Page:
Ottawa’s Resale Market “Steady as She Goes”

Members of the Ottawa Real Estate Board sold 2,146 residential properties in October through the Board’s Multiple Listing Service® System, compared with 1,604 in October 2019, a year over year increase of 34 per cent. October’s sales included 1,665 in the residential property class, up 38 per cent from a year ago, and 481 in the condominium property category, an increase of 22 per cent from October 2019. The five-year average for October unit sales is 1,515.

“We are heading into the colder months, the second wave of the pandemic is upon us, and yet Ottawa’s resale market continues to hold steady,” observes Ottawa Real Estate Board President Deb Burgoyne.

“While the October average price gains, number of sales, and new listings coming onto the market were all down from September, demand persists, and the number of sellers choosing to enter the market remains strong. With 1,937 residential listings and 708 condo units added to the housing stock in October, this is a 48% and 70% respective increase in new listings over last year at this time,” she adds.

October’s average sale price for a condominium-class property was $368,936, an increase of 16 per cent from this time last year, while the average sale price of a residential-class property was $603,253, an increase of 25 per cent from a year ago. With yearto-date average sale prices at $579,026 for residential and $361,666 for condominiums, these values represent a 19 per cent percent increase over 2019 for both property classes.*

“The condominium market is on our watchlist. Inventory for condo units increased 15% over last October, while inventory for residential properties is down 46%. This is an inverse relationship compared to the beginning of 2020 when condo supply was depleting much quicker than residential,” reports Burgoyne.

“The shift in the condo market occurred around June. There has been a lot of speculation about changing buyer behaviour and preferences due to our pandemic reality with homeowners wanting home offices and gym space, for example. One could extrapolate or conclude that buying preferences may be shifting towards a desire for properties with more square footage than this property type offers. Particularly, due to the sheer number of employees working remotely for the foreseeable future, commute times may continue to be less of an issue.”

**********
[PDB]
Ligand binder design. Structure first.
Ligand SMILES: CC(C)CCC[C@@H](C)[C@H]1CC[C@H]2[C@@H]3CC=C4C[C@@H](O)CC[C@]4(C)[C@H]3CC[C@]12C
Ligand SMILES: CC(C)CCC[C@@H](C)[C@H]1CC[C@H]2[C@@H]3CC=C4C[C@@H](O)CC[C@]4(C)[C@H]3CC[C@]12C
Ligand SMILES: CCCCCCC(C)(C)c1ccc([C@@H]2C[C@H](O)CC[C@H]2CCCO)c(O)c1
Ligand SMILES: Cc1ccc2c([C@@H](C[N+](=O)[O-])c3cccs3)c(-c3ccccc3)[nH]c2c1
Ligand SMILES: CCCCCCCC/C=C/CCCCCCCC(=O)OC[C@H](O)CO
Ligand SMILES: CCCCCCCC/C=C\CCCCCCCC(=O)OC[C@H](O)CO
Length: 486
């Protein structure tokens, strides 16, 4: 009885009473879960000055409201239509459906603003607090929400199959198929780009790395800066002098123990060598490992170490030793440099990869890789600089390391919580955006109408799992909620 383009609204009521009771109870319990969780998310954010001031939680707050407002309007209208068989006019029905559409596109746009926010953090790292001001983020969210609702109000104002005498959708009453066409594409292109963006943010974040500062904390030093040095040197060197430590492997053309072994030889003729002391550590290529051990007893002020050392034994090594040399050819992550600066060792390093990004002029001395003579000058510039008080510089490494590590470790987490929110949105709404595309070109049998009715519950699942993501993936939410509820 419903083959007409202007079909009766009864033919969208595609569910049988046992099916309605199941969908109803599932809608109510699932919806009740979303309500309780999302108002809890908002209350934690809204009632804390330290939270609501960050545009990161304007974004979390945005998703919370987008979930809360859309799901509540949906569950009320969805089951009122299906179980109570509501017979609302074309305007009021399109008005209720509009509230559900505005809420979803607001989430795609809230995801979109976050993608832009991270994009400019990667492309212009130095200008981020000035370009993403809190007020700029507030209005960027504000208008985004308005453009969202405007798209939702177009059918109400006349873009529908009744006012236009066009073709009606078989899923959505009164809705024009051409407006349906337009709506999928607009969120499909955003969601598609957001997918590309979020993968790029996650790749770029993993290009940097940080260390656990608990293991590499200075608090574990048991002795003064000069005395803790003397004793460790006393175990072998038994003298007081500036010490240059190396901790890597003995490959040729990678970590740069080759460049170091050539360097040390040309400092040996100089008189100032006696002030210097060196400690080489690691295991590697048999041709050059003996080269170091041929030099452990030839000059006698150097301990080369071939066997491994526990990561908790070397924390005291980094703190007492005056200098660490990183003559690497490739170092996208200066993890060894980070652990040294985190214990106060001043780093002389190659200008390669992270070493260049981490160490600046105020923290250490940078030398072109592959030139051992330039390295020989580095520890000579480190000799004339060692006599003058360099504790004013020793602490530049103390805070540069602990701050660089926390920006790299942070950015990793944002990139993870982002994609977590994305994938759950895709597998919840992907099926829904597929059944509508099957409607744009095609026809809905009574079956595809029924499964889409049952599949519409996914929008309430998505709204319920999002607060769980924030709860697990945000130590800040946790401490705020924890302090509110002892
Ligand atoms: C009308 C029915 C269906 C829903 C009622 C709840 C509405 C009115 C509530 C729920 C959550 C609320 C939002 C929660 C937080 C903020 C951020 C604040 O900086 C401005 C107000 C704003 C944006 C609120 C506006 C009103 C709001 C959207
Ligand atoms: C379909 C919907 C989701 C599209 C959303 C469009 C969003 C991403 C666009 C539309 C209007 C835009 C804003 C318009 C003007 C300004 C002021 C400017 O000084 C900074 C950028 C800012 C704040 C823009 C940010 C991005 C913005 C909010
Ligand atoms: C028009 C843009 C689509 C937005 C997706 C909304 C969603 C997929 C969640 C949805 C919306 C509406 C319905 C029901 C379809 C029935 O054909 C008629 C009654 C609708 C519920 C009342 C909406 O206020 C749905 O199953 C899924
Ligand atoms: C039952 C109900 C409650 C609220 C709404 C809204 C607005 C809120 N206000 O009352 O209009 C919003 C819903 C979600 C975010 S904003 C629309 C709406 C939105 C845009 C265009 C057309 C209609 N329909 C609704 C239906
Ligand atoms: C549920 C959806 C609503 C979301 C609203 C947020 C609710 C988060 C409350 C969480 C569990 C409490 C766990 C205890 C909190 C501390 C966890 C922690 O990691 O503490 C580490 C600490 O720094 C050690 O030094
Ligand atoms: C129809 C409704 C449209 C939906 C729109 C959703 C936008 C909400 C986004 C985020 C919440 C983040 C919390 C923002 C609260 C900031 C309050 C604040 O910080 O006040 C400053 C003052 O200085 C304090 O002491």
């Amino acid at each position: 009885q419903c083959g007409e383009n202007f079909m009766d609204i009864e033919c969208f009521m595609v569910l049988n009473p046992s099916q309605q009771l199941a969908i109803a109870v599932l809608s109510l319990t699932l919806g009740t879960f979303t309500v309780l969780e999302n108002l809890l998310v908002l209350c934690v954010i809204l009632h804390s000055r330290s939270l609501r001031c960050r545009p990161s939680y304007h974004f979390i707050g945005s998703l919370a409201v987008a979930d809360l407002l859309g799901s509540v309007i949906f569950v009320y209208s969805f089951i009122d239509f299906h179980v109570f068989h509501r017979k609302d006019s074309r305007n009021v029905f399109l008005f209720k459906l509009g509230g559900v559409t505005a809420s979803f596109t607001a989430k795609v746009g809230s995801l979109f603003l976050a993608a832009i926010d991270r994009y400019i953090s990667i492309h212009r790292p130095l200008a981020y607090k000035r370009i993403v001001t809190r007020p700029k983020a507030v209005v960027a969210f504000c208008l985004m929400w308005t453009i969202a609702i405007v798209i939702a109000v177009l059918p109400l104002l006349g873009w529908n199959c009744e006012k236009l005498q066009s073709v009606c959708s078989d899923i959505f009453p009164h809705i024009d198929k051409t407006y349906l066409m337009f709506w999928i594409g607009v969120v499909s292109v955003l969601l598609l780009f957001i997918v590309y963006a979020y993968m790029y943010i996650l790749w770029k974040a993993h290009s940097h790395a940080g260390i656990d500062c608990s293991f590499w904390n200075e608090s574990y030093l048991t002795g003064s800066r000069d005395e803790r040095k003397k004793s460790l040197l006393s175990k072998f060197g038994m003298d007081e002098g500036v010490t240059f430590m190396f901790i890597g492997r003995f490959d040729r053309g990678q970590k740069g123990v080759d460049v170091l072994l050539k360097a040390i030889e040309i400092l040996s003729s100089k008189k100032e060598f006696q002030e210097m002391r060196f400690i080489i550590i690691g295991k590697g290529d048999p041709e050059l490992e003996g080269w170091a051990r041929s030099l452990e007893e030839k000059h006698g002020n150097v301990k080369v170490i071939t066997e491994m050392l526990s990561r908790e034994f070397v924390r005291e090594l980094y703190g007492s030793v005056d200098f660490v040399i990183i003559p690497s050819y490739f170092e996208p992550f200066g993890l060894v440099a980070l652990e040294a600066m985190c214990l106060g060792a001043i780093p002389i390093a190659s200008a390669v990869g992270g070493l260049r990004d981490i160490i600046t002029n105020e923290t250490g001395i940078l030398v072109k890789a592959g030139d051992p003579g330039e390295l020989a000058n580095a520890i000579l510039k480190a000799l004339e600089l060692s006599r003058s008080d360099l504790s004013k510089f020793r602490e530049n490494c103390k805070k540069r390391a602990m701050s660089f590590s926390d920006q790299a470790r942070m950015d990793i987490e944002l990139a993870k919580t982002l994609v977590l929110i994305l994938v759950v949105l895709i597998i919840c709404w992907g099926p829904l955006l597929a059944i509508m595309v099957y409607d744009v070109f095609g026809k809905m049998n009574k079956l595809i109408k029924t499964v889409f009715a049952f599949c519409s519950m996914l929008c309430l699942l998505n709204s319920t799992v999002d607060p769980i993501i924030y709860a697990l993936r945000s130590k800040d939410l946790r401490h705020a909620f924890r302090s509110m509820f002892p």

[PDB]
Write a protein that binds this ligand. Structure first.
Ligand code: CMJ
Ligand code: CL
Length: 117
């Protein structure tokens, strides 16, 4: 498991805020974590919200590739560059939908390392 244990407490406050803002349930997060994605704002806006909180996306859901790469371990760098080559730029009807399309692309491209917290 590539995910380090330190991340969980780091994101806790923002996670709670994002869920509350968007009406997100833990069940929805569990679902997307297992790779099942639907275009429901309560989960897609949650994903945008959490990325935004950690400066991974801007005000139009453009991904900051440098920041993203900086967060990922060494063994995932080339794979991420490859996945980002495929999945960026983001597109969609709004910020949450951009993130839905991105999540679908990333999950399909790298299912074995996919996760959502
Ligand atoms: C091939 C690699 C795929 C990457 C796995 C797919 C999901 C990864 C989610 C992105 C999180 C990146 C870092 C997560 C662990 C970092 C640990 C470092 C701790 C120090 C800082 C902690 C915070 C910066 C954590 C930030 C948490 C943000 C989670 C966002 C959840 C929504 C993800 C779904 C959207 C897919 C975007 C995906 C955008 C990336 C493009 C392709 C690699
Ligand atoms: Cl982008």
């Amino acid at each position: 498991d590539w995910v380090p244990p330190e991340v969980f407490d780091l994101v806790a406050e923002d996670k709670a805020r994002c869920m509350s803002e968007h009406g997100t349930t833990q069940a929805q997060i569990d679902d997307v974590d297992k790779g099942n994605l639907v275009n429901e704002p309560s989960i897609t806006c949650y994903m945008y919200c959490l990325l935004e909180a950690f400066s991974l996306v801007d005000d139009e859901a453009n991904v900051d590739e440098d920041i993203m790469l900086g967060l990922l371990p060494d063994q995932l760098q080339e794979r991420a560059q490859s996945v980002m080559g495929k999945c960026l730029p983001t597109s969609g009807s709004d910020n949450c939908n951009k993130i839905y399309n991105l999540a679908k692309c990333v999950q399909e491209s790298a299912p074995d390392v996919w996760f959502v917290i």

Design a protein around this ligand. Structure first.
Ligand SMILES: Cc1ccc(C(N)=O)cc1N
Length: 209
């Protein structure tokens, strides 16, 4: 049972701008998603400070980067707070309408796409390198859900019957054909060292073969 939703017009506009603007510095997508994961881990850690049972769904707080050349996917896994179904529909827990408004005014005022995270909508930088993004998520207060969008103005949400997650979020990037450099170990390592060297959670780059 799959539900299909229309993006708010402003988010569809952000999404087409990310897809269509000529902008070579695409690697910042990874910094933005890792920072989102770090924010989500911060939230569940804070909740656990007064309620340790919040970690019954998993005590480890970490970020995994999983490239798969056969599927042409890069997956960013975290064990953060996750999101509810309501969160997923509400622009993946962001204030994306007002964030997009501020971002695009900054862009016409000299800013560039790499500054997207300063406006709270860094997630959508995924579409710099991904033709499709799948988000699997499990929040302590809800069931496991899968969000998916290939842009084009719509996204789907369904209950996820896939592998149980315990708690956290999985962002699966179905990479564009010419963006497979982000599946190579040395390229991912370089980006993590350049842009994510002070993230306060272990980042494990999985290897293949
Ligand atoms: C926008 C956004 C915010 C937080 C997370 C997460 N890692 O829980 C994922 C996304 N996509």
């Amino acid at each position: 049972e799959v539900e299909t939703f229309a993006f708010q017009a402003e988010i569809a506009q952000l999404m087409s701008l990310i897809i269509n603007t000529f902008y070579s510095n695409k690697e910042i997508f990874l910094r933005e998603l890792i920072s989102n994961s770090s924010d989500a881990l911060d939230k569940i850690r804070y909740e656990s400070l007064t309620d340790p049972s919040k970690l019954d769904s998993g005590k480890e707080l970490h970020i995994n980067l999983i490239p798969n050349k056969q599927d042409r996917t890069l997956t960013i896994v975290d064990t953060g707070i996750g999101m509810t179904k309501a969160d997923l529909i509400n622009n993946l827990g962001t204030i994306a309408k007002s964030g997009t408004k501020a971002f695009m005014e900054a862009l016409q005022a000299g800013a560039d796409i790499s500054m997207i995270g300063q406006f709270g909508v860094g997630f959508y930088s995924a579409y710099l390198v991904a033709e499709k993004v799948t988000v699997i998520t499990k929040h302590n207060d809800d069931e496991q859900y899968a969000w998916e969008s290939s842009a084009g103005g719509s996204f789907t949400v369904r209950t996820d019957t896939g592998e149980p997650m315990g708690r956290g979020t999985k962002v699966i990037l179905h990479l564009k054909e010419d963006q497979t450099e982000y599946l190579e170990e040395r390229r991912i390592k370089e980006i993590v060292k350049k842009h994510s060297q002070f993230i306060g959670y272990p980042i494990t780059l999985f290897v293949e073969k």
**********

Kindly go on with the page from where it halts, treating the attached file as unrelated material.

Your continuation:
“As the chillier weather and upcoming holiday season approaches, it will be interesting to see how the market calibrates. Typically, we start to see a slowdown in home sale activity. Whether that actually transpires is something we can’t predict given the topsy turvy year that is 2020. What I can tell you is that this is not the time to navigate the market on your own; there is too much at stake to venture in without the knowledge and guidance of an experienced REALTOR®,” Burgoyne concludes.

In addition to residential and condominium sales, OREB Members assisted clients with renting 2,829 properties since the beginning of the year compared to 2,334 at this time last year.

* The Board cautions that the average sale price can be useful in establishing trends over time but should not be used as an indicator that specific properties have increased or decreased in value. The calculation of the average sale price is based on the total dollar volume of all properties sold. Price and conditions will vary from neighbourhood to neighbourhood.

The trademarks REALTOR®, REALTORS®, and the REALTOR® logo are controlled by The Canadian Real Estate Association (CREA) and identify real estate professionals who are member’s of CREA. The trademarks MLS®, Multiple Listing Service® and the associated logos are owned by CREA and identify the quality of services provided by real estate professionals who are members of CREA. Used under license.